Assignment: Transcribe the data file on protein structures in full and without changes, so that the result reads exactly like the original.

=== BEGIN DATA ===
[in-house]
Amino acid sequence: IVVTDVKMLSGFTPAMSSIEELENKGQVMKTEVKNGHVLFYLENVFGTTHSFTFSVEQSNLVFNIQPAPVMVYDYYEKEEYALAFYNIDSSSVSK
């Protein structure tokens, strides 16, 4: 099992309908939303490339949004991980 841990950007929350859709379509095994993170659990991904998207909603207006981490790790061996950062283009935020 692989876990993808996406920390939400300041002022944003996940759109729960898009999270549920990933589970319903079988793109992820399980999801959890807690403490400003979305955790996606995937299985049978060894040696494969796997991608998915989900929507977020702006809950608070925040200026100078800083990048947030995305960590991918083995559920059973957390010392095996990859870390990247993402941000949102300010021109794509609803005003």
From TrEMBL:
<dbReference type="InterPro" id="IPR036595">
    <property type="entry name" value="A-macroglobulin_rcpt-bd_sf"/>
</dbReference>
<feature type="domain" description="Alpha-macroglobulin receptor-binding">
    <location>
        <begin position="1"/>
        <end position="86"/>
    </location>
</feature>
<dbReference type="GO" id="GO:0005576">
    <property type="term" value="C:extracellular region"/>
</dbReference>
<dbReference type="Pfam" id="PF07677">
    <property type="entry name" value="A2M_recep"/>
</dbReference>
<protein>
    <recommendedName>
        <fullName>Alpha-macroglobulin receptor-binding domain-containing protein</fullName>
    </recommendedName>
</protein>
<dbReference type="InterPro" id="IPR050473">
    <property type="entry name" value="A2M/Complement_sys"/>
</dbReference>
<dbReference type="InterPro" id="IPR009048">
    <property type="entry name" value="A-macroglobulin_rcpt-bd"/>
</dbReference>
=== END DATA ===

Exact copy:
[in-house]
Amino acid sequence: IVVTDVKMLSGFTPAMSSIEELENKGQVMKTEVKNGHVLFYLENVFGTTHSFTFSVEQSNLVFNIQPAPVMVYDYYEKEEYALAFYNIDSSSVSK
């Protein structure tokens, strides 16, 4: 099992309908939303490339949004991980 841990950007929350859709379509095994993170659990991904998207909603207006981490790790061996950062283009935020 692989876990993808996406920390939400300041002022944003996940759109729960898009999270549920990933589970319903079988793109992820399980999801959890807690403490400003979305955790996606995937299985049978060894040696494969796997991608998915989900929507977020702006809950608070925040200026100078800083990048947030995305960590991918083995559920059973957390010392095996990859870390990247993402941000949102300010021109794509609803005003």
From TrEMBL:
<dbReference type="InterPro" id="IPR036595">
    <property type="entry name" value="A-macroglobulin_rcpt-bd_sf"/>
</dbReference>
<feature type="domain" description="Alpha-macroglobulin receptor-binding">
    <location>
        <begin position="1"/>
        <end position="86"/>
    </location>
</feature>
<dbReference type="GO" id="GO:0005576">
    <property type="term" value="C:extracellular region"/>
</dbReference>
<dbReference type="Pfam" id="PF07677">
    <property type="entry name" value="A2M_recep"/>
</dbReference>
<protein>
    <recommendedName>
        <fullName>Alpha-macroglobulin receptor-binding domain-containing protein</fullName>
    </recommendedName>
</protein>
<dbReference type="InterPro" id="IPR050473">
    <property type="entry name" value="A2M/Complement_sys"/>
</dbReference>
<dbReference type="InterPro" id="IPR009048">
    <property type="entry name" value="A-macroglobulin_rcpt-bd"/>
</dbReference>